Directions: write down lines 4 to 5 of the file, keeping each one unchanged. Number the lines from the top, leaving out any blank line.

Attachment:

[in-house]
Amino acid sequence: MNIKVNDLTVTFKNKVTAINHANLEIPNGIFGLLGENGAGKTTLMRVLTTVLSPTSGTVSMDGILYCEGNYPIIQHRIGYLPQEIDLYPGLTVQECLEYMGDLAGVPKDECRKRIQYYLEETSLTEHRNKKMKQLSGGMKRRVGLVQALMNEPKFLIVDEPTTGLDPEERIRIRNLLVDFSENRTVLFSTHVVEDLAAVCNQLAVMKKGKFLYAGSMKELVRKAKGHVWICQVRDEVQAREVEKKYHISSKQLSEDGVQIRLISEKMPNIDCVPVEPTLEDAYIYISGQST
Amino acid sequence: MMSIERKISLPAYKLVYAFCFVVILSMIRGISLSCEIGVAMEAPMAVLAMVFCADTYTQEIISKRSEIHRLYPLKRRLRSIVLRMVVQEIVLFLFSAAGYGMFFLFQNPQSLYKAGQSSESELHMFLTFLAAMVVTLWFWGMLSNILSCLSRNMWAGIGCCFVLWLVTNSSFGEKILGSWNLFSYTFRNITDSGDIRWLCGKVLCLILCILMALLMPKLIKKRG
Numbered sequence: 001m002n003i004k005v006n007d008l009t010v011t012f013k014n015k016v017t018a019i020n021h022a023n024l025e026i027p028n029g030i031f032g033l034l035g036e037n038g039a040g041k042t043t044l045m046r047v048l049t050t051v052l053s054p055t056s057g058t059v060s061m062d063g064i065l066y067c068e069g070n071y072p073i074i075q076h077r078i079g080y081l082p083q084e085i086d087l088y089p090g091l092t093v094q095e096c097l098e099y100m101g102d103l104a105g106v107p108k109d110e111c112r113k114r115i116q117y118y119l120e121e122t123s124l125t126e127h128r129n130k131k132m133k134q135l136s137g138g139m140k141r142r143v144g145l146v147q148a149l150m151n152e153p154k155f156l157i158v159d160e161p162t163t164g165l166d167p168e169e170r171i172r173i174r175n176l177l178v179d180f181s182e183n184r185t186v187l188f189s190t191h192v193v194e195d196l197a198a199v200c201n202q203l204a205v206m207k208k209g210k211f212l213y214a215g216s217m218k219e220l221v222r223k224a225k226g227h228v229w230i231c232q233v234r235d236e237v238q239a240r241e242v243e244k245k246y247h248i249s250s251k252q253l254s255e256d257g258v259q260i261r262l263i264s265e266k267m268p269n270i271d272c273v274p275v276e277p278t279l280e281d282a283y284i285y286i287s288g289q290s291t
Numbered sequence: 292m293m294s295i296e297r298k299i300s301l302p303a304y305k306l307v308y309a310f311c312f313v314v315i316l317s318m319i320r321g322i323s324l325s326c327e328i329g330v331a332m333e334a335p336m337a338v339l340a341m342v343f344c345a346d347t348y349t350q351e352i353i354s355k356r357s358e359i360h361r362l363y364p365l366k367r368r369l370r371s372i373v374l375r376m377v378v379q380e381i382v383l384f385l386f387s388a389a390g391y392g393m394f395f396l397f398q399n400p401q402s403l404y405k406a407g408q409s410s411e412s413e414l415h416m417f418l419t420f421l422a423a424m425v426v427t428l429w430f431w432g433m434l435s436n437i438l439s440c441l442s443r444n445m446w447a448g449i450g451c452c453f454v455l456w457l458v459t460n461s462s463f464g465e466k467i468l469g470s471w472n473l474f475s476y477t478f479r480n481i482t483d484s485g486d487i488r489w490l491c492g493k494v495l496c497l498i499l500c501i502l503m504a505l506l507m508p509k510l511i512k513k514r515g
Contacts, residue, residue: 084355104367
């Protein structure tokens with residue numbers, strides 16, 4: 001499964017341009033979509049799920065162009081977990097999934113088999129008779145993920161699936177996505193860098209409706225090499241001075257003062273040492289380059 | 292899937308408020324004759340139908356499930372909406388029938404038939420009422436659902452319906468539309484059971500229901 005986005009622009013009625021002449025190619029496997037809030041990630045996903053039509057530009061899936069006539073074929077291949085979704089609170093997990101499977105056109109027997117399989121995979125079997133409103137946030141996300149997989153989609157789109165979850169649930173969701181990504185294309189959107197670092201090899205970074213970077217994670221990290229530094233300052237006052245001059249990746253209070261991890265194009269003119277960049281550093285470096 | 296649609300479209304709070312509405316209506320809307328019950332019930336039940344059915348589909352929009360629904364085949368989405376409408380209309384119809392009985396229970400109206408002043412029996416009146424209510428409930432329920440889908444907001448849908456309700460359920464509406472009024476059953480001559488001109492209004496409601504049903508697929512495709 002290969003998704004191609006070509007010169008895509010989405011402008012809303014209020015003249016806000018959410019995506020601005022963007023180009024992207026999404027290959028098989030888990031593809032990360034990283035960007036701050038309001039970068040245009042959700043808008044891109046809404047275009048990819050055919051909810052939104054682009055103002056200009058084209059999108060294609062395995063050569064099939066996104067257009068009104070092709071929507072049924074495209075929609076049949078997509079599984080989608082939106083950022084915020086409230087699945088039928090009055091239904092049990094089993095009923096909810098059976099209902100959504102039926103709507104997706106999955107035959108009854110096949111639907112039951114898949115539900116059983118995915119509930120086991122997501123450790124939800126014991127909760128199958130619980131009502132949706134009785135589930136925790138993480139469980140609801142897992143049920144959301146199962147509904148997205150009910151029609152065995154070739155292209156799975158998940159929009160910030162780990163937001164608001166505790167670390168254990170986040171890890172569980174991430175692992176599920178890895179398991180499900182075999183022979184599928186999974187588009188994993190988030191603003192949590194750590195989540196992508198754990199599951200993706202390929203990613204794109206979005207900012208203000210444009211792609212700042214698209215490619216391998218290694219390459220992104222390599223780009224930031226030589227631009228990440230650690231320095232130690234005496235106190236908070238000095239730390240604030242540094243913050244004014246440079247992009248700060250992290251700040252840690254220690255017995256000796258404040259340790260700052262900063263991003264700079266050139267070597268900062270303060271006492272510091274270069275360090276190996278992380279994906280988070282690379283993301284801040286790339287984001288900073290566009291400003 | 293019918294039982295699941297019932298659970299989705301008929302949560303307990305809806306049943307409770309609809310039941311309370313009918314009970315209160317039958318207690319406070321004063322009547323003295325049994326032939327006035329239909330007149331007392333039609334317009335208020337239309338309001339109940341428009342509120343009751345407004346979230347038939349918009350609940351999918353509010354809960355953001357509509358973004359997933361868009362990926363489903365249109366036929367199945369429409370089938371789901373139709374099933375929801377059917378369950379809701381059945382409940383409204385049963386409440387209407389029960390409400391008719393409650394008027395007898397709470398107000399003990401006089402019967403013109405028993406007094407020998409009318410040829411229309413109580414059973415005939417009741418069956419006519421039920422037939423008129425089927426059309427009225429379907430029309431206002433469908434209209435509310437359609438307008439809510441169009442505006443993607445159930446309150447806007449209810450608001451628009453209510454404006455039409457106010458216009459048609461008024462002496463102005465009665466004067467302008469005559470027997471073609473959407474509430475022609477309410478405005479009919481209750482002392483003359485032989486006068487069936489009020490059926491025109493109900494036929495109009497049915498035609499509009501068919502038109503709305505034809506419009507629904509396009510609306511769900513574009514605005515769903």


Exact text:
Numbered sequence: 001m002n003i004k005v006n007d008l009t010v011t012f013k014n015k016v017t018a019i020n021h022a023n024l025e026i027p028n029g030i031f032g033l034l035g036e037n038g039a040g041k042t043t044l045m046r047v048l049t050t051v052l053s054p055t056s057g058t059v060s061m062d063g064i065l066y067c068e069g070n071y072p073i074i075q076h077r078i079g080y081l082p083q084e085i086d087l088y089p090g091l092t093v094q095e096c097l098e099y100m101g102d103l104a105g106v107p108k109d110e111c112r113k114r115i116q117y118y119l120e121e122t123s124l125t126e127h128r129n130k131k132m133k134q135l136s137g138g139m140k141r142r143v144g145l146v147q148a149l150m151n152e153p154k155f156l157i158v159d160e161p162t163t164g165l166d167p168e169e170r171i172r173i174r175n176l177l178v179d180f181s182e183n184r185t186v187l188f189s190t191h192v193v194e195d196l197a198a199v200c201n202q203l204a205v206m207k208k209g210k211f212l213y214a215g216s217m218k219e220l221v222r223k224a225k226g227h228v229w230i231c232q233v234r235d236e237v238q239a240r241e242v243e244k245k246y247h248i249s250s251k252q253l254s255e256d257g258v259q260i261r262l263i264s265e266k267m268p269n270i271d272c273v274p275v276e277p278t279l280e281d282a283y284i285y286i287s288g289q290s291t
Numbered sequence: 292m293m294s295i296e297r298k299i300s301l302p303a304y305k306l307v308y309a310f311c312f313v314v315i316l317s318m319i320r321g322i323s324l325s326c327e328i329g330v331a332m333e334a335p336m337a338v339l340a341m342v343f344c345a346d347t348y349t350q351e352i353i354s355k356r357s358e359i360h361r362l363y364p365l366k367r368r369l370r371s372i373v374l375r376m377v378v379q380e381i382v383l384f385l386f387s388a389a390g391y392g393m394f395f396l397f398q399n400p401q402s403l404y405k406a407g408q409s410s411e412s413e414l415h416m417f418l419t420f421l422a423a424m425v426v427t428l429w430f431w432g433m434l435s436n437i438l439s440c441l442s443r444n445m446w447a448g449i450g451c452c453f454v455l456w457l458v459t460n461s462s463f464g465e466k467i468l469g470s471w472n473l474f475s476y477t478f479r480n481i482t483d484s485g486d487i488r489w490l491c492g493k494v495l496c497l498i499l500c501i502l503m504a505l506l507m508p509k510l511i512k513k514r515g